You are of course correct that terms such as “random” need to be defined more rigorously in order for this argument to be really useful.

  4. Bruce Charlton

    Sorry if I misunderstood – as a sociological observation of the incoherence of current public discourse, this is true enough – although perhaps it would be more accurate to introduce an assymetry, in that people often believe they themselves have free will, while regarding the behaviour of others (or some others) as dictated by prior events.

    Most famously this is seen in Marxism, where everyone is regarded as a passive subject of economic forces, merely a representative of their class – except for Marxists, who are the only free agents, and therefore the only legitimate rulers.

    The self-serving error is obvious, but that didn’t and doesn’t stop the idea being believed.

  5. i was just the other day thinking about gravity and quantum mechanics ( very lightly )
    And it occurred to me that the principle problem with ‘spatializing’ how gravity works or how electrons can absorb photons and such; Is that we invariably try to mash their activity into how we perceive things happening in the macroworld.
    Specifically; How can Exchanging Particles possibly explain in any way how electricity works or how ‘curved space’ would explain gravity, You still need an understanding of something pulling or pushing any given ( x ) along this curved surface.
    At the Quantum Level ( Teeny Tiny ) of things; i think that we have to make a leap of ‘Incomprehensibility’ in that things on this level have NO Correspondence with how things work at The Table Top Level.
    The same thing applies to Free Will or Autonomy.
    The Rules change at A Tangential Level when trying to understand these things.
    It may seem like a cheap trick to simply say that Another ‘Incomprehensible’ layer of reality is responsible for Gravity, Electricity & Freewill, But given that these things are all impossible when you try to make them fit into The World of Everything that We have Labels for, The Contradiction or Paradox forces our hand.
    Freewill is necessary for Consciousness, which is apparent, Assuming that Robots may behave exactly like people, but not be “Aware” of what they are doing.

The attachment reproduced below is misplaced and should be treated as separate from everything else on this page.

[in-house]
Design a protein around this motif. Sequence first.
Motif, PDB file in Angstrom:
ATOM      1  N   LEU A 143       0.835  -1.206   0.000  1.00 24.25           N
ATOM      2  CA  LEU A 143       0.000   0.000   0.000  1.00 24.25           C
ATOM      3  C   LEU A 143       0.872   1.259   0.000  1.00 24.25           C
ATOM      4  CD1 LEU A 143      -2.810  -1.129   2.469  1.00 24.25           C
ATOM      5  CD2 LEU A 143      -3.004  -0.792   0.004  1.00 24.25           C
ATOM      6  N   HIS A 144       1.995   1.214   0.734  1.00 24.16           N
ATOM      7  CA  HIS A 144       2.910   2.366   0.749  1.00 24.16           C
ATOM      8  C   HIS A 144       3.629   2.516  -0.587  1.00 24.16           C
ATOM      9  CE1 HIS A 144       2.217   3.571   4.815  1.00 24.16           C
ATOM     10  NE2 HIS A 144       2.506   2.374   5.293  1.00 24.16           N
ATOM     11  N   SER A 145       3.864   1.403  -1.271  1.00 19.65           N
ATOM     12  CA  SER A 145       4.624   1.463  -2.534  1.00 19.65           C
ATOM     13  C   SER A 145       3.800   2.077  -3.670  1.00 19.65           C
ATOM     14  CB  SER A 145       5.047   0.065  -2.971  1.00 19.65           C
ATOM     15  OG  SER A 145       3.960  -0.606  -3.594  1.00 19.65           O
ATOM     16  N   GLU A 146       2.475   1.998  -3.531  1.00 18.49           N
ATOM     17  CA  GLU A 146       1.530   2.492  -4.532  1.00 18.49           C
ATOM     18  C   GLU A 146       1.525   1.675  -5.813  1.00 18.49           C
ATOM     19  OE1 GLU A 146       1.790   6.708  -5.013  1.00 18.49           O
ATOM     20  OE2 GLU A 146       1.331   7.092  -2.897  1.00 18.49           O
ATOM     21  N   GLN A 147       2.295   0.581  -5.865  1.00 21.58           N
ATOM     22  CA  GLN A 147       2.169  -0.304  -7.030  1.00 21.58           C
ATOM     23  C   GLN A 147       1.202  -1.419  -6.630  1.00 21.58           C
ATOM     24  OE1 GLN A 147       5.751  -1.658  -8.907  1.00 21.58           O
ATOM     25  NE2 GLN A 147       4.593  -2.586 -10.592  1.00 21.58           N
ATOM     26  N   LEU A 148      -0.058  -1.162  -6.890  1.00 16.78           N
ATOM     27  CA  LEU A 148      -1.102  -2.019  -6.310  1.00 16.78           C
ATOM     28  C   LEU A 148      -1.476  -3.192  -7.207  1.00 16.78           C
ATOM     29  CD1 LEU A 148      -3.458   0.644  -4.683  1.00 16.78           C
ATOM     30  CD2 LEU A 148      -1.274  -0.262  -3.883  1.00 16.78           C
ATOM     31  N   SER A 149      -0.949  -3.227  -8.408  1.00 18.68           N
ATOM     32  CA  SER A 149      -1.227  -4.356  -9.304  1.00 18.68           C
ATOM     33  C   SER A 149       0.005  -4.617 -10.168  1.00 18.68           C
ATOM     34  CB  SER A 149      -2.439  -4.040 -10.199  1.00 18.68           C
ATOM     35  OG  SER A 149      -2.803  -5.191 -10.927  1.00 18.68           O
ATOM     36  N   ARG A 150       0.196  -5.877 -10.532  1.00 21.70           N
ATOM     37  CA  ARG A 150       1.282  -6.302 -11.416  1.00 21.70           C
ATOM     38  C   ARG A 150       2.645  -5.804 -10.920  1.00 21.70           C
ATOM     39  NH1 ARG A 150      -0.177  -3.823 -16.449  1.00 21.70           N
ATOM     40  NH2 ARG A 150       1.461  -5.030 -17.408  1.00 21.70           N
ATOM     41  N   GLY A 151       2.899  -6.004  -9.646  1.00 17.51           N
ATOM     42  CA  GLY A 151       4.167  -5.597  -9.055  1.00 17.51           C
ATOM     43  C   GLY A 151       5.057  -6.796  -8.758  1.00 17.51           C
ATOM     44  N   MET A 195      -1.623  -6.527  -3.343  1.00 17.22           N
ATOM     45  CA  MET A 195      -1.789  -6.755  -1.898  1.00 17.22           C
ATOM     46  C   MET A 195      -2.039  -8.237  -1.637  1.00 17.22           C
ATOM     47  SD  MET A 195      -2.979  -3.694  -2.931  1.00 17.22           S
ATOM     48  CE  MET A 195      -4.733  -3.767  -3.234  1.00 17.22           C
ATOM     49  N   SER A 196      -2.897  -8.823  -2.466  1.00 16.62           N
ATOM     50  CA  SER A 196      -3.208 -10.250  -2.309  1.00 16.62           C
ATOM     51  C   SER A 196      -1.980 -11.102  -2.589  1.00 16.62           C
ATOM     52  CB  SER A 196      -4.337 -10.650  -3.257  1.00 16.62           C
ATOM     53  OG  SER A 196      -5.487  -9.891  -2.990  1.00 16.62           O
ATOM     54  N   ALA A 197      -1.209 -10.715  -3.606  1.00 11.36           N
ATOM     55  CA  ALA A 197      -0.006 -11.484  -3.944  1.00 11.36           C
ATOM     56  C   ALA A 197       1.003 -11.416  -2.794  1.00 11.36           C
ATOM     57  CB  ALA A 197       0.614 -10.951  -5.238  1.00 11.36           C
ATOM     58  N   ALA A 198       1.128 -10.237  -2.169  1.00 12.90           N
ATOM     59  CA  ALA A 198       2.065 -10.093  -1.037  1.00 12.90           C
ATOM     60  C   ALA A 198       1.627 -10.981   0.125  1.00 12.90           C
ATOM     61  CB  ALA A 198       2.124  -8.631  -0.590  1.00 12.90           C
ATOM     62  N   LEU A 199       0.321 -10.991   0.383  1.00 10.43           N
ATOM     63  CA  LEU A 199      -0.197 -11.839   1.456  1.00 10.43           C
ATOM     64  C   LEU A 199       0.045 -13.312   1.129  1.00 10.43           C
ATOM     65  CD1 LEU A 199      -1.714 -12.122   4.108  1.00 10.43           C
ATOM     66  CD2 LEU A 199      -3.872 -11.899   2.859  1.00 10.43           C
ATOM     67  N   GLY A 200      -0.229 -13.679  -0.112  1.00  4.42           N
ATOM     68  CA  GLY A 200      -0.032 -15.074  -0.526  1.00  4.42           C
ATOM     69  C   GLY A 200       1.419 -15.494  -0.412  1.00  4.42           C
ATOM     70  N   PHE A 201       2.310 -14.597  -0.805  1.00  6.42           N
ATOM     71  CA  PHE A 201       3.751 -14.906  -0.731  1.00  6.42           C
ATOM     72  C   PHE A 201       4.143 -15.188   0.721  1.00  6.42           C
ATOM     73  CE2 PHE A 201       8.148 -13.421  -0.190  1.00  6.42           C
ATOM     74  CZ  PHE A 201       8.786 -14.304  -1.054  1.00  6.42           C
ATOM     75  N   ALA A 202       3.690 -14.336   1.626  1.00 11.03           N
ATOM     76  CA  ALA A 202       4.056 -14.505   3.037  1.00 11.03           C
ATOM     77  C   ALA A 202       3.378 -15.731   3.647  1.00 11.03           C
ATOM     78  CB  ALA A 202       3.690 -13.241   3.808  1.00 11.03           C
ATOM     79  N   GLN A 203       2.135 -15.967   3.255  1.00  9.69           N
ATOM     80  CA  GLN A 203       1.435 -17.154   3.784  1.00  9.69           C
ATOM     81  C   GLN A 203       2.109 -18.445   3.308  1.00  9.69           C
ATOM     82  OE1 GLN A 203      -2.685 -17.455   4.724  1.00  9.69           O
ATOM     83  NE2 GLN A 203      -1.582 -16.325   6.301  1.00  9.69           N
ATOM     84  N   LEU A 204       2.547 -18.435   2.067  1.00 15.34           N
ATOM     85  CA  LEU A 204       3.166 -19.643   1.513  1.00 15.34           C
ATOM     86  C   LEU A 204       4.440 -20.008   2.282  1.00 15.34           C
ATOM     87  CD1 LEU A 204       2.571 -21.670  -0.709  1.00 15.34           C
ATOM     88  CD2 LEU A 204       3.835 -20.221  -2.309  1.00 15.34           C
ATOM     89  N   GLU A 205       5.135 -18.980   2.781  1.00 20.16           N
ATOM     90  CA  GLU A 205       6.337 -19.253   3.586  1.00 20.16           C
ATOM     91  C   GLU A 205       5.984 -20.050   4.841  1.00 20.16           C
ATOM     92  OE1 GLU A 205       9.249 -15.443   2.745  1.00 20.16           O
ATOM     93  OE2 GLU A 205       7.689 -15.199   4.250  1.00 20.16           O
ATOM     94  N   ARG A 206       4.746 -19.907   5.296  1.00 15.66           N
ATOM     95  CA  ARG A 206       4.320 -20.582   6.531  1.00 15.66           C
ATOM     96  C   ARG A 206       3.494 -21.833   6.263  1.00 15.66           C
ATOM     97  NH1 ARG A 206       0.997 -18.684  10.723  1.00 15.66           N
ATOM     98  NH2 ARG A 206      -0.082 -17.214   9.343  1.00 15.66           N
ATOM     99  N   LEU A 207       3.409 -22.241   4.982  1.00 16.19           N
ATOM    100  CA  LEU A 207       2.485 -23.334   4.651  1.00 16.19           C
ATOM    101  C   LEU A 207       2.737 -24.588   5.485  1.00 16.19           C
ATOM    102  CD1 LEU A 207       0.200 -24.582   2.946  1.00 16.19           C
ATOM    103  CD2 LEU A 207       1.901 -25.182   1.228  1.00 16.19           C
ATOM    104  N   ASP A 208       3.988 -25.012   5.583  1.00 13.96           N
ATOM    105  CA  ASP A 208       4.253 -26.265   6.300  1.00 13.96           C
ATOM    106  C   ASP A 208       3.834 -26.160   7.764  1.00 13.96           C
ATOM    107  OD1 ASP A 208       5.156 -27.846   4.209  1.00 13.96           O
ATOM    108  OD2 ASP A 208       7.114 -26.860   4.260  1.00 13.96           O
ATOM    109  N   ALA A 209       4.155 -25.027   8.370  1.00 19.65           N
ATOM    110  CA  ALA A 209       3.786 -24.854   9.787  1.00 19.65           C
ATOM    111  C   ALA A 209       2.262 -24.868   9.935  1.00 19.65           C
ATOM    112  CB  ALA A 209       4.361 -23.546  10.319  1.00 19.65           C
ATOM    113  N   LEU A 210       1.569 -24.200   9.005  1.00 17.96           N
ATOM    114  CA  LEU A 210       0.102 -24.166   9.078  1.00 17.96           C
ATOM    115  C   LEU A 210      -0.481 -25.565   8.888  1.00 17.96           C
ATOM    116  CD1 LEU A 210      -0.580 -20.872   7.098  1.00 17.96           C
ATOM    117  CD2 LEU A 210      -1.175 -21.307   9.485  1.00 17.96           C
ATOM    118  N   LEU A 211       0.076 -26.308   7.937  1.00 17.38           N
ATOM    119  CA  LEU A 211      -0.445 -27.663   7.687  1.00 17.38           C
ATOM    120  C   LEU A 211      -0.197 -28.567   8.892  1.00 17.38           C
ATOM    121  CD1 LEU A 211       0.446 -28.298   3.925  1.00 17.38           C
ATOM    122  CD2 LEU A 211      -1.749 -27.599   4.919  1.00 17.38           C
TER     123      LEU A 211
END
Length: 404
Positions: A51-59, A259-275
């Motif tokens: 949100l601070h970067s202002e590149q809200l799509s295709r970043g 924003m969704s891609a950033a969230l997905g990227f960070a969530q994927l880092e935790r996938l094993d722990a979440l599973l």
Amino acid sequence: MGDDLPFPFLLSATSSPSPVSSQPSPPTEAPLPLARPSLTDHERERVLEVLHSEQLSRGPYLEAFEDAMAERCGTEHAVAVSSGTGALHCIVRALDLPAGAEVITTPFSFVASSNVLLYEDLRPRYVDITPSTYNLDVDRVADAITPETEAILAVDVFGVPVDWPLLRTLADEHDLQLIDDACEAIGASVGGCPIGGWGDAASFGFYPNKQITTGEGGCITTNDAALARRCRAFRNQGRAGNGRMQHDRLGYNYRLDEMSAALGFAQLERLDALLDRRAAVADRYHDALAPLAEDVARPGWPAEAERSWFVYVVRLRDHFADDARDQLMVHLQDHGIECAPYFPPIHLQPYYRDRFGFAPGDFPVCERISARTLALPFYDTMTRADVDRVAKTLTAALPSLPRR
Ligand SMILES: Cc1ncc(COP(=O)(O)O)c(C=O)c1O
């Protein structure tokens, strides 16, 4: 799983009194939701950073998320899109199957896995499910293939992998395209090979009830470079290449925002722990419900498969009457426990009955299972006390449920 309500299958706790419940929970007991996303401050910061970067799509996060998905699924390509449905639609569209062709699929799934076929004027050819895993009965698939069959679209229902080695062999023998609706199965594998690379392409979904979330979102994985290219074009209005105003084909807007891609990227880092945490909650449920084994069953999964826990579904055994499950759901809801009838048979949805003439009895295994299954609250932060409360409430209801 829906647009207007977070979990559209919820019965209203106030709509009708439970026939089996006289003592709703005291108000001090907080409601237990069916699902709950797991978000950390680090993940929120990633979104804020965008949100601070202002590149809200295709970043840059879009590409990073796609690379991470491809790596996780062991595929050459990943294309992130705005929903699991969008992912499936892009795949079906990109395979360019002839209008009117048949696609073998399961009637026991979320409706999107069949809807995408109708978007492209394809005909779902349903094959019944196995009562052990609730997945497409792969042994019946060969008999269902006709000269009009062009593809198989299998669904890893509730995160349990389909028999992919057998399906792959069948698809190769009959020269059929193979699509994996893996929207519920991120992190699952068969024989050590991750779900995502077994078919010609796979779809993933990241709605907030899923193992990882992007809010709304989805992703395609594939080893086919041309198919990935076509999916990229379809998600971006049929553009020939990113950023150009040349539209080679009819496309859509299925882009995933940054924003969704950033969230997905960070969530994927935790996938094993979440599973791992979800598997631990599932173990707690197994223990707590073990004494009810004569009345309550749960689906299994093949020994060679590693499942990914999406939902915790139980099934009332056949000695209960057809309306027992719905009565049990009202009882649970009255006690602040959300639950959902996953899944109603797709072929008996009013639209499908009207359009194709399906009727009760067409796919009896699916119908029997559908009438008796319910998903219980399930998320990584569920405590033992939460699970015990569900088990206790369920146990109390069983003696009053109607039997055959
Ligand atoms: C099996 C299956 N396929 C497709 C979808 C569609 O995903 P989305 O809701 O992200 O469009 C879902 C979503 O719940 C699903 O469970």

How can a Pattern of ElectroChemical Disparate Neurons produce Consciousness?
    Does every Pattern, of Anything, Generate, by this same mechanism, produce an instance of Consciousness?
    This seems crazy, But this rule of ‘Incomprehensibility’ kicks in again.
    We simply don’t have the proper vocabulary of labeled things or ideas to discuss these things.

  6. i have a new thought on this:
    Determinism; Which implies that everything that is currently happening, was decided, or set into motion at some point (x) when the universe started—
    Which; given the current state of order & structure in the universe, particularly in regards to humanimal existence, seems very improbable.
    Granted; In a universe that is infinite, anything ( ? ) is possible,
    But setting that aside; The current orderly condition of the universe strongly implies that there was ‘something’ shaping or modeling the universe as it proceeded along.

  7. Free will is incompatible in both a deterministic universe as well as an indeterministic universe (Hard Incompatibilism).

    1, 2, and 3 all hold. It is the 4th proposition that is wrong. Dennett’s “varieties of free will worth wanting” are not free in the selse of allowing responsibilty (even though he suggests they are).


  8. Pingback: The necessity of agency | Bugs to fearen babes withall